Rare asteriated trapiche-like diamond

by | May 15, 2018 | Diamonds

The photomicrograph below shows a rare near-colorless asteriated trapiche-like diamond (0.07 ct, type IaA>>B, Hydrogen- and Nitrogen-rich) that possess some dark grey growth sectors forming an unusual Maltese cross-like pattern. This pattern is the result of the presence within the diamond of numerous sub-microscopic grey-to-black particles geometrically arranged in the diamond [1]Massi L. (2005) Studies of defects in brown and hydrogen-rich diamonds, PhD thesis, University of Nantes – France, 372 pages (PDF).

This sample is inert under SW-UV light whereas the near-colorless matrix shows a faint yellow fluorescence under LW UV light, but without phosphorescence in both cases.

Asteriated trapiche-like diamond showing a Maltese cross-like pattern

This trapiche-like diamond is typically the result of a simultaneous mixed growth of cuboid and octahedral sectors [2]Howell D., Griffin W. L., Piazolo S., Say J.M., Stern R.A., Stachel T., Nasdala L., Rabeau J.R., Pearson N.J. and O’Reilly S.Y. (2013) A spectroscopic and carbon-isotope study of mixed-habit diamonds: Impurity characteristics and growth environment, American Mineralogist vol. 98, No. 1, pp. 66-77. One can even clearly see on the picture above three striking concentric cuboid layers circling the cross, layers also visible in that diamond that is there resulting from a pure cuboid growth (thus not showing any cross-shaped pattern).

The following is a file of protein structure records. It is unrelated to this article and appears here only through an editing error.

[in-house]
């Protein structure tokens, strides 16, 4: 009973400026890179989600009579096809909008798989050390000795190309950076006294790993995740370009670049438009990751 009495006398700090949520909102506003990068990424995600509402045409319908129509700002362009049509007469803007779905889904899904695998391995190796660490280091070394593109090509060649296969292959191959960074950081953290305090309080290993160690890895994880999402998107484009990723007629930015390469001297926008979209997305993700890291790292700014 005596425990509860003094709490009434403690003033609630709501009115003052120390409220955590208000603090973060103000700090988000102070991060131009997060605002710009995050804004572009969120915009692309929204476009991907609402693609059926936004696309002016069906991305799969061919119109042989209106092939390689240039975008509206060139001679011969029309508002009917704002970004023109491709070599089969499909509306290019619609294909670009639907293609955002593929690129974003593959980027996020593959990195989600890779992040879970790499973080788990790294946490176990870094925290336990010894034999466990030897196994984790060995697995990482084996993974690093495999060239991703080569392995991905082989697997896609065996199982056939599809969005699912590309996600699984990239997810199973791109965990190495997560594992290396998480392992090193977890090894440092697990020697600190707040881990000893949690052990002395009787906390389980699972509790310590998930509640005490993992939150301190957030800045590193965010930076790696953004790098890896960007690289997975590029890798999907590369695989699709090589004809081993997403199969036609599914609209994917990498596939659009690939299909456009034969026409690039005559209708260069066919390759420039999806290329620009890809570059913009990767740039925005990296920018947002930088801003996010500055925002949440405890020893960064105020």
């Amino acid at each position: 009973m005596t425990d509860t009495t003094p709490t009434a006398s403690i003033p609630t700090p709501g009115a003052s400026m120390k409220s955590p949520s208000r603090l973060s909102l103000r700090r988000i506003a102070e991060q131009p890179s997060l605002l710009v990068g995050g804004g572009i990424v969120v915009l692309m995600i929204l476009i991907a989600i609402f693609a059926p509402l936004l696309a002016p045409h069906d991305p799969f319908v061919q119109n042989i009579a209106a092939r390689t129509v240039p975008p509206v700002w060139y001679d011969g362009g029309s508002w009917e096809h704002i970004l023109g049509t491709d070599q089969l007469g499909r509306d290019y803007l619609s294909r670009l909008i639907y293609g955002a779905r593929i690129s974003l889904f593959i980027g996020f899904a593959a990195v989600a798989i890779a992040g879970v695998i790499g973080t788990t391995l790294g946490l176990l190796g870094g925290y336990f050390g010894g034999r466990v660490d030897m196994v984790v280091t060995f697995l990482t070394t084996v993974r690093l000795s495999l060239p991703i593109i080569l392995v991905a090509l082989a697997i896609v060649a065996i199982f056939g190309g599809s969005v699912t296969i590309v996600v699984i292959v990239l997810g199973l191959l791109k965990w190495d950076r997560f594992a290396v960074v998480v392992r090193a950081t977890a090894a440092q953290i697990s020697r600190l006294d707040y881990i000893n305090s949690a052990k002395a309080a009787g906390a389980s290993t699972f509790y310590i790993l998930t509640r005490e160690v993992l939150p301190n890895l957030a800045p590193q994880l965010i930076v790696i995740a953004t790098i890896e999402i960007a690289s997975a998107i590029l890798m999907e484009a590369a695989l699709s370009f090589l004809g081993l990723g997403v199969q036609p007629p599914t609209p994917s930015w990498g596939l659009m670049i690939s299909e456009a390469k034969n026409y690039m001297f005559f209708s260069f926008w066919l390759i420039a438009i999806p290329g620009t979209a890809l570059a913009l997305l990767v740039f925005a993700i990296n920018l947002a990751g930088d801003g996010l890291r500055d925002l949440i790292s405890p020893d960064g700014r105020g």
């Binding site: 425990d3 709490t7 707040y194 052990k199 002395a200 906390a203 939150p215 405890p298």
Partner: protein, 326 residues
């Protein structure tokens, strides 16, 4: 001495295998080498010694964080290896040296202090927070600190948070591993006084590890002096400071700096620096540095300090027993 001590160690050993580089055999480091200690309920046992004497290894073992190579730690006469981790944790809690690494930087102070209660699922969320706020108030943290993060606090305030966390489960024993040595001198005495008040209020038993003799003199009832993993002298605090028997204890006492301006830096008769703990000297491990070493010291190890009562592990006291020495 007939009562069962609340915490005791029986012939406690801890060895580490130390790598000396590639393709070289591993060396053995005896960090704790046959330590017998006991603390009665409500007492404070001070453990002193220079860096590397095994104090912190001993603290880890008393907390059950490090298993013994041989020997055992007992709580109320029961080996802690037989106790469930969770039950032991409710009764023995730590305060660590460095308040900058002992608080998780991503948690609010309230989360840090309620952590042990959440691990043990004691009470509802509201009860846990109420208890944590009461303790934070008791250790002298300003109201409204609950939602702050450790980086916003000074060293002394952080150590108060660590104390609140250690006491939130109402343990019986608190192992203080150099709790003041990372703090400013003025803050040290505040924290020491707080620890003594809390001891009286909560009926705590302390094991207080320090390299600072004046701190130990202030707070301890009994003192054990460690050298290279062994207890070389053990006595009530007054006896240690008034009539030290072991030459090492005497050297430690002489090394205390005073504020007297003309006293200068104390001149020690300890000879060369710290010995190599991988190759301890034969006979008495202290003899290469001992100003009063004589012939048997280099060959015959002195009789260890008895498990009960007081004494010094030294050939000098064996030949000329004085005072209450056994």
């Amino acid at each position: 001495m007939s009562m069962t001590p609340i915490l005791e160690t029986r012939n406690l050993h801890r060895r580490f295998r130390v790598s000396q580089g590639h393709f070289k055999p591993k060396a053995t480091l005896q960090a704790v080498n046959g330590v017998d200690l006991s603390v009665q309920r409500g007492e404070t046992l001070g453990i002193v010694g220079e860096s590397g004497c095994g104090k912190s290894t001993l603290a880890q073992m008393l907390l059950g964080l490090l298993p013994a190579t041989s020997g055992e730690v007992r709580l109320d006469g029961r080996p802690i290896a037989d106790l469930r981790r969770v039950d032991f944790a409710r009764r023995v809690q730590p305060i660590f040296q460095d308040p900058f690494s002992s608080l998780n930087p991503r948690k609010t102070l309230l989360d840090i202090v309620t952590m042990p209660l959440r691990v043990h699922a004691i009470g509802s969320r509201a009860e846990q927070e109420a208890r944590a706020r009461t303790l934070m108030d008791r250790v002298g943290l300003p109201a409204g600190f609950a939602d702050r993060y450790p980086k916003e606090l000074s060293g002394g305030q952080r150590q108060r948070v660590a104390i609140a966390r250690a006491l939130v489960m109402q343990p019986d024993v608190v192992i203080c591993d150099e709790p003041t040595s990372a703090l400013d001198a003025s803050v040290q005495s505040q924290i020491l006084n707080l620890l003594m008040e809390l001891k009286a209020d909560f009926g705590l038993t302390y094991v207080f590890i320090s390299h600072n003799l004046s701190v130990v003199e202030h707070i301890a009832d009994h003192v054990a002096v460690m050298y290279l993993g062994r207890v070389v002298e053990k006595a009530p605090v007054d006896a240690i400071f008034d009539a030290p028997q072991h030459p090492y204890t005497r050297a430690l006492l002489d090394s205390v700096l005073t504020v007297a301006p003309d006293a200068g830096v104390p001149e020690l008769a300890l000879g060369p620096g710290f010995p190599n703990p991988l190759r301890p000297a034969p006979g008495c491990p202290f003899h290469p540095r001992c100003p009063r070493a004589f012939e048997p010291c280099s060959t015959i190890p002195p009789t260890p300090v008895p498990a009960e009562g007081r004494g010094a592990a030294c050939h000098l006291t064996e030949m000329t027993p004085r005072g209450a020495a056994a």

This star-shaped pattern formed within the diamond is the result of light-scattering defects (photomicrograph below) being present in the cuboid growth sectors but absent in the octahedral sectors [1]Massi L. (2005) Studies of defects in brown and hydrogen-rich diamonds, PhD thesis, University of Nantes – France, 372 pages & [3]Lang A.R. (1974) On the growth-sectorial dependence of defects in natural diamonds, Proceedings of The Royal Society A, vol. 340, No. 1621..

Dark grey particles in the asteriated trapiche-like diamond 0.07 ct

As it is often the case, taking a little bit of time to observe our gems under a microscope can be a very rewarding activity as, beyond the pure artistic aspect of it – gemstones are also incredibly beautiful when viewed from within – one can even have the chance to discover something truly unusual, and why not find an inclusion that has never been described before, that would be worth sharing with the greatest number, as I do here with this blog.

Let’s all go back to our microscopes 😉

To go further:

(Literature the reader might be interested to read to get more technical information on the topic covered in this blog post)

  • Ragozin A., Zedgenizov D., Kuper K., Kalinina V. and Zemnukhov A. (2017) The Internal Structure of Yellow Cuboid Diamonds from Alluvial Placers of the Northeastern Siberian Platform, Special issue of Crystals: « Diamond Crystals »7(8), 238.
  • Rondeau B., Fritsch E., Guiraud M., Chalain J-P. and Notari F (2004) Three historical ‘asteriated’ hydrogen-rich diamonds: growth history and sector-dependent impurity incorporationDiamond & Related Materials vol. 13, pp. 1658– 1673.
  • Zedgenizov D.A., Kalinina V.V., Reutsky V.N., Yuryeva O.P. and Rakhmanova M.I. (2016) Regular cuboid diamonds from placers on the northeastern Siberian platformLithos, 265, 125–137.


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